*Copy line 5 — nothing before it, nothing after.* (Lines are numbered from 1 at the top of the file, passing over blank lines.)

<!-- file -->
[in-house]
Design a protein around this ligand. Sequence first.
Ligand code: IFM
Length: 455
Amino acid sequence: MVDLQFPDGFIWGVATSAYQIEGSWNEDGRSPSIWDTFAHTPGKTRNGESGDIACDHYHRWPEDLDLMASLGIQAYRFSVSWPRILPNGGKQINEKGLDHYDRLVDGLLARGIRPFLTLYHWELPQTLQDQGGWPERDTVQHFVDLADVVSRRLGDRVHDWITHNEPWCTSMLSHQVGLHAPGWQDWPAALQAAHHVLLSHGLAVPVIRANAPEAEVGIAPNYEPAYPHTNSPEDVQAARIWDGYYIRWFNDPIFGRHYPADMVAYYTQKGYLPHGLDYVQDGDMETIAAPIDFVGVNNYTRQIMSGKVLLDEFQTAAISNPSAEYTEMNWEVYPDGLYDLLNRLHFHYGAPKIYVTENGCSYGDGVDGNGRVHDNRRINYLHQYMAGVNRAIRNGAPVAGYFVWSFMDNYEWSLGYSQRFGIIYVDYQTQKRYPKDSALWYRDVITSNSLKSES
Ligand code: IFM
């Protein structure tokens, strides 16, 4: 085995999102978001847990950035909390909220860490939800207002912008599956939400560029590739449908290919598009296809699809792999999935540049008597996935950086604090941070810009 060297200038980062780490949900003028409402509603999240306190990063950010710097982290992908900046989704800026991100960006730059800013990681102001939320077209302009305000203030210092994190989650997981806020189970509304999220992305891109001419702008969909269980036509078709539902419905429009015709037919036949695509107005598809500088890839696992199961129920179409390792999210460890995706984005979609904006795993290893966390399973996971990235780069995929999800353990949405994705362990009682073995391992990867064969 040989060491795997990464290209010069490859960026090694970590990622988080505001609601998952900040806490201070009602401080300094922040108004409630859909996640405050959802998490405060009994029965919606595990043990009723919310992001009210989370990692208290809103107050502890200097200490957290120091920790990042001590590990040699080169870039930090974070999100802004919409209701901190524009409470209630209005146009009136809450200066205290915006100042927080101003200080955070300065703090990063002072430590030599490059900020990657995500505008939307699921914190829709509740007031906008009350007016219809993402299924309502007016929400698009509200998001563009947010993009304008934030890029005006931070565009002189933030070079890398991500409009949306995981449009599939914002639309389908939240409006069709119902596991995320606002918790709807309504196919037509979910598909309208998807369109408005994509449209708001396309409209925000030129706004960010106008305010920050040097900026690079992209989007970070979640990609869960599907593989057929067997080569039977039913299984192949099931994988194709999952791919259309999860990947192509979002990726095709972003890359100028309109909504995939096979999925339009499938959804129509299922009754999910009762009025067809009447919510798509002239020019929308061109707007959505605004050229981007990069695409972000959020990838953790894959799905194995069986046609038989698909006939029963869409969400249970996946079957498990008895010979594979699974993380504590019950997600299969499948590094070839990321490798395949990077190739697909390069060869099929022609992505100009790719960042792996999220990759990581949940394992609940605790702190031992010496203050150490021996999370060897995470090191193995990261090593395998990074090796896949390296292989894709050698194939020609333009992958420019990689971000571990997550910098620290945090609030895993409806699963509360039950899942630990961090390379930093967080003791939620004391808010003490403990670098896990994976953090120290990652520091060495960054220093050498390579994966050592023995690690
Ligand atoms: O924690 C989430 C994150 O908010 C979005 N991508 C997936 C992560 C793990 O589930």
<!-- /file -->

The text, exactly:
Amino acid sequence: MVDLQFPDGFIWGVATSAYQIEGSWNEDGRSPSIWDTFAHTPGKTRNGESGDIACDHYHRWPEDLDLMASLGIQAYRFSVSWPRILPNGGKQINEKGLDHYDRLVDGLLARGIRPFLTLYHWELPQTLQDQGGWPERDTVQHFVDLADVVSRRLGDRVHDWITHNEPWCTSMLSHQVGLHAPGWQDWPAALQAAHHVLLSHGLAVPVIRANAPEAEVGIAPNYEPAYPHTNSPEDVQAARIWDGYYIRWFNDPIFGRHYPADMVAYYTQKGYLPHGLDYVQDGDMETIAAPIDFVGVNNYTRQIMSGKVLLDEFQTAAISNPSAEYTEMNWEVYPDGLYDLLNRLHFHYGAPKIYVTENGCSYGDGVDGNGRVHDNRRINYLHQYMAGVNRAIRNGAPVAGYFVWSFMDNYEWSLGYSQRFGIIYVDYQTQKRYPKDSALWYRDVITSNSLKSES